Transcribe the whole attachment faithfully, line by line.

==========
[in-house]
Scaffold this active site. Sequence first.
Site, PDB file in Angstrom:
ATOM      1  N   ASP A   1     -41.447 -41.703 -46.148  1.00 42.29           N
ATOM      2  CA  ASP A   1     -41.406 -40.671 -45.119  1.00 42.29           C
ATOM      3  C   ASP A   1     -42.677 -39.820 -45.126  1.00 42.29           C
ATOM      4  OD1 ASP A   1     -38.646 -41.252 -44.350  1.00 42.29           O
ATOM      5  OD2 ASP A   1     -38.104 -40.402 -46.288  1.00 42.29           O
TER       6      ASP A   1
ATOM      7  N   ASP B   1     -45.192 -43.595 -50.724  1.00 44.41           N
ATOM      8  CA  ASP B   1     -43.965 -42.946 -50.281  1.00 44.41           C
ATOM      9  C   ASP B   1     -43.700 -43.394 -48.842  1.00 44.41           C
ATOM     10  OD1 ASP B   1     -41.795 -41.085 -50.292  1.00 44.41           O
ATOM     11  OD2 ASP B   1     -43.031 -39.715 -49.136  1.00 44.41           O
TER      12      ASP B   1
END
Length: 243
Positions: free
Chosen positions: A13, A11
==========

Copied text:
[in-house]
Scaffold this active site. Sequence first.
Site, PDB file in Angstrom:
ATOM      1  N   ASP A   1     -41.447 -41.703 -46.148  1.00 42.29           N
ATOM      2  CA  ASP A   1     -41.406 -40.671 -45.119  1.00 42.29           C
ATOM      3  C   ASP A   1     -42.677 -39.820 -45.126  1.00 42.29           C
ATOM      4  OD1 ASP A   1     -38.646 -41.252 -44.350  1.00 42.29           O
ATOM      5  OD2 ASP A   1     -38.104 -40.402 -46.288  1.00 42.29           O
TER       6      ASP A   1
ATOM      7  N   ASP B   1     -45.192 -43.595 -50.724  1.00 44.41           N
ATOM      8  CA  ASP B   1     -43.965 -42.946 -50.281  1.00 44.41           C
ATOM      9  C   ASP B   1     -43.700 -43.394 -48.842  1.00 44.41           C
ATOM     10  OD1 ASP B   1     -41.795 -41.085 -50.292  1.00 44.41           O
ATOM     11  OD2 ASP B   1     -43.031 -39.715 -49.136  1.00 44.41           O
TER      12      ASP B   1
END
Length: 243
Positions: free
Chosen positions: A13, A11